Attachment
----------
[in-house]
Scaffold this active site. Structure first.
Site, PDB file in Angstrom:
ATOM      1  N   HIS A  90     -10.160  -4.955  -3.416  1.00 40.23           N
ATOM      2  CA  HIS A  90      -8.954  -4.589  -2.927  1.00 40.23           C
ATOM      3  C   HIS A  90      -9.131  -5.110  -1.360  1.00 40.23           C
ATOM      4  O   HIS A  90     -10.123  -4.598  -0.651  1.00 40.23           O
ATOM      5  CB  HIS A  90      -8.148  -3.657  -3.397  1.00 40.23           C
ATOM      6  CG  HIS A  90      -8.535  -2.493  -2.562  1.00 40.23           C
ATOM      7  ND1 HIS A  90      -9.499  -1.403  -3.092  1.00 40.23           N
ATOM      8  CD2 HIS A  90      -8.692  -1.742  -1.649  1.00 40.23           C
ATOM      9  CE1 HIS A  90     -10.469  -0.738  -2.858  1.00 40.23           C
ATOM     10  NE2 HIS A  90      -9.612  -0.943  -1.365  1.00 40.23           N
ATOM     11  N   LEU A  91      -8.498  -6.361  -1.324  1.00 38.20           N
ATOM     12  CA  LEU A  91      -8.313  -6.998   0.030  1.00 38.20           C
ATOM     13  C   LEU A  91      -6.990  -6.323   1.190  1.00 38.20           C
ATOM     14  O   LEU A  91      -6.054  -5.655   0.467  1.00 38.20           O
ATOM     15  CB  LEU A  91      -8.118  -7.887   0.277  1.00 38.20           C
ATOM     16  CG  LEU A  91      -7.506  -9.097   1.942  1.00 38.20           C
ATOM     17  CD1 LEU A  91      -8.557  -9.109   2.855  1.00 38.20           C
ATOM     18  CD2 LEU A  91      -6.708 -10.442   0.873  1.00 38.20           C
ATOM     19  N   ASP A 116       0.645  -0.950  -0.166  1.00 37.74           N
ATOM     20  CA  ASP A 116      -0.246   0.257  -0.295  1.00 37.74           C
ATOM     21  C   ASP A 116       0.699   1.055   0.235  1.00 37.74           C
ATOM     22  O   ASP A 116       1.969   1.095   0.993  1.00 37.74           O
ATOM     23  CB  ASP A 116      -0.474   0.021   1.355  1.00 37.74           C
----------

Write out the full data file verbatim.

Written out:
[in-house]
Scaffold this active site. Structure first.
Site, PDB file in Angstrom:
ATOM      1  N   HIS A  90     -10.160  -4.955  -3.416  1.00 40.23           N
ATOM      2  CA  HIS A  90      -8.954  -4.589  -2.927  1.00 40.23           C
ATOM      3  C   HIS A  90      -9.131  -5.110  -1.360  1.00 40.23           C
ATOM      4  O   HIS A  90     -10.123  -4.598  -0.651  1.00 40.23           O
ATOM      5  CB  HIS A  90      -8.148  -3.657  -3.397  1.00 40.23           C
ATOM      6  CG  HIS A  90      -8.535  -2.493  -2.562  1.00 40.23           C
ATOM      7  ND1 HIS A  90      -9.499  -1.403  -3.092  1.00 40.23           N
ATOM      8  CD2 HIS A  90      -8.692  -1.742  -1.649  1.00 40.23           C
ATOM      9  CE1 HIS A  90     -10.469  -0.738  -2.858  1.00 40.23           C
ATOM     10  NE2 HIS A  90      -9.612  -0.943  -1.365  1.00 40.23           N
ATOM     11  N   LEU A  91      -8.498  -6.361  -1.324  1.00 38.20           N
ATOM     12  CA  LEU A  91      -8.313  -6.998   0.030  1.00 38.20           C
ATOM     13  C   LEU A  91      -6.990  -6.323   1.190  1.00 38.20           C
ATOM     14  O   LEU A  91      -6.054  -5.655   0.467  1.00 38.20           O
ATOM     15  CB  LEU A  91      -8.118  -7.887   0.277  1.00 38.20           C
ATOM     16  CG  LEU A  91      -7.506  -9.097   1.942  1.00 38.20           C
ATOM     17  CD1 LEU A  91      -8.557  -9.109   2.855  1.00 38.20           C
ATOM     18  CD2 LEU A  91      -6.708 -10.442   0.873  1.00 38.20           C
ATOM     19  N   ASP A 116       0.645  -0.950  -0.166  1.00 37.74           N
ATOM     20  CA  ASP A 116      -0.246   0.257  -0.295  1.00 37.74           C
ATOM     21  C   ASP A 116       0.699   1.055   0.235  1.00 37.74           C
ATOM     22  O   ASP A 116       1.969   1.095   0.993  1.00 37.74           O
ATOM     23  CB  ASP A 116      -0.474   0.021   1.355  1.00 37.74           C